Neuroelectric signals were passed from the headset assemblies to programmable amplifiers, filters (0.5 and 5 kHz, 3 dB cutoffs), and a multichannel spike sorting device. As many as 31 mPFC and NAc neurons per rat were monitored concurrently. When spike activity was recorded from the same microwire across different self-administration sessions, the determination that the same neuron was recorded was made in view of (1) constancy of the shape and polarity of the extracellular spike waveform and (2) similarities in firing rate and pattern (e.g., interspike interval and autocorrelation histograms). Spike activity, lever pressing, and pump activation were monitored or controlled with data acquisition software operating on a computer with a time resolution of 1 msec. Neuronal spike activity was collected from the same rat on a daily basis for 2 weeks. Spike train activity was analyzed with a commercially available PC-based program (STRANGER; Biographics Inc., Winston-Salem, NC).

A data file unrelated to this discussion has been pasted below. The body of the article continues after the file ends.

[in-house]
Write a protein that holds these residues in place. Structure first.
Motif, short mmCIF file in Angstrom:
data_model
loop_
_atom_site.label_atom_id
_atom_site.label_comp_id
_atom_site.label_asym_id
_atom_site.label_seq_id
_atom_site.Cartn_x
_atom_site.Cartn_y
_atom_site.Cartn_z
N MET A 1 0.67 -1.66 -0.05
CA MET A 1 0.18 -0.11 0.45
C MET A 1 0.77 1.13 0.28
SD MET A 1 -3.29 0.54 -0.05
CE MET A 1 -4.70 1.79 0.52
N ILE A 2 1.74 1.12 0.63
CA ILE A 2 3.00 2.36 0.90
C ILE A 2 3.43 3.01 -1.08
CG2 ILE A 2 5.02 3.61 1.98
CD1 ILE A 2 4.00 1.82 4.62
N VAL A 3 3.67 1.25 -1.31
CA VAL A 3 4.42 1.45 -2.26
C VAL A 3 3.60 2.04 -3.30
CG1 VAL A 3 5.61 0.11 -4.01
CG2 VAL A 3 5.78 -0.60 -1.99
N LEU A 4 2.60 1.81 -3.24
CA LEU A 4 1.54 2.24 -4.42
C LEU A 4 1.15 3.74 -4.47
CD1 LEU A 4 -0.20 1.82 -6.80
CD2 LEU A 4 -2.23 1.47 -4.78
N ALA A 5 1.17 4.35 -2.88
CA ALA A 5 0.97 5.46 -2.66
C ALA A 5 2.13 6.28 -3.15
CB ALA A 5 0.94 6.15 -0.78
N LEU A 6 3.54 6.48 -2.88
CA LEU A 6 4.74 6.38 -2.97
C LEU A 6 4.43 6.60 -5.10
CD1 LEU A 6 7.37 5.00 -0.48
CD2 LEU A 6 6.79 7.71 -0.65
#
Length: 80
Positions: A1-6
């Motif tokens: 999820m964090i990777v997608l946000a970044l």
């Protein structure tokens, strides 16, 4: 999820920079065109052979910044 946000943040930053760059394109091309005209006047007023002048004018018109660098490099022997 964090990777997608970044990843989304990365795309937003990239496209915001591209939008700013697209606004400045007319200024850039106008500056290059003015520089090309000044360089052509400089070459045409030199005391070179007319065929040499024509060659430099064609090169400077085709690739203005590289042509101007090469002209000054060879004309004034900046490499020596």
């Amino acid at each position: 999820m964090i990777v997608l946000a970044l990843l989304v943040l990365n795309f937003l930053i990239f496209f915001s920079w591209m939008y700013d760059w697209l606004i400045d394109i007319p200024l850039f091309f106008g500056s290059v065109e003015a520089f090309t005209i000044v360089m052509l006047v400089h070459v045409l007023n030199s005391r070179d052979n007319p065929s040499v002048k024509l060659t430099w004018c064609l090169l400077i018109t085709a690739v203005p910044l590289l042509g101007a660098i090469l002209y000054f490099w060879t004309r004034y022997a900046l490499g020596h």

Video analysis of behavior. The animal’s behavior during self-administration was recorded on videotape with the experimental time superimposed on the display for off-line analysis. Frame-by-frame analysis of behavior, at 30 frames/sec, provided 33 msec temporal resolution. In practice, interframe times could be extrapolated into thirds, permitting ∼11 msec resolution. Evaluation of behavioral time epochs with respect to concurrent spike activity was performed off-line with special purpose computer software package included in STRANGER.
Drugs. Cocaine hydrochloride (3.33 mg/ml; Sigma, St. Louis, MO) and heroin (100 μg/ml; National Institute on Drug Abuse, Rockville, MD) was dissolved in Ringer’s solution with heparin (10 U/ml) and sterilized by passing the solution through a 0.22 μm Star filter (Corning Costar Inc.).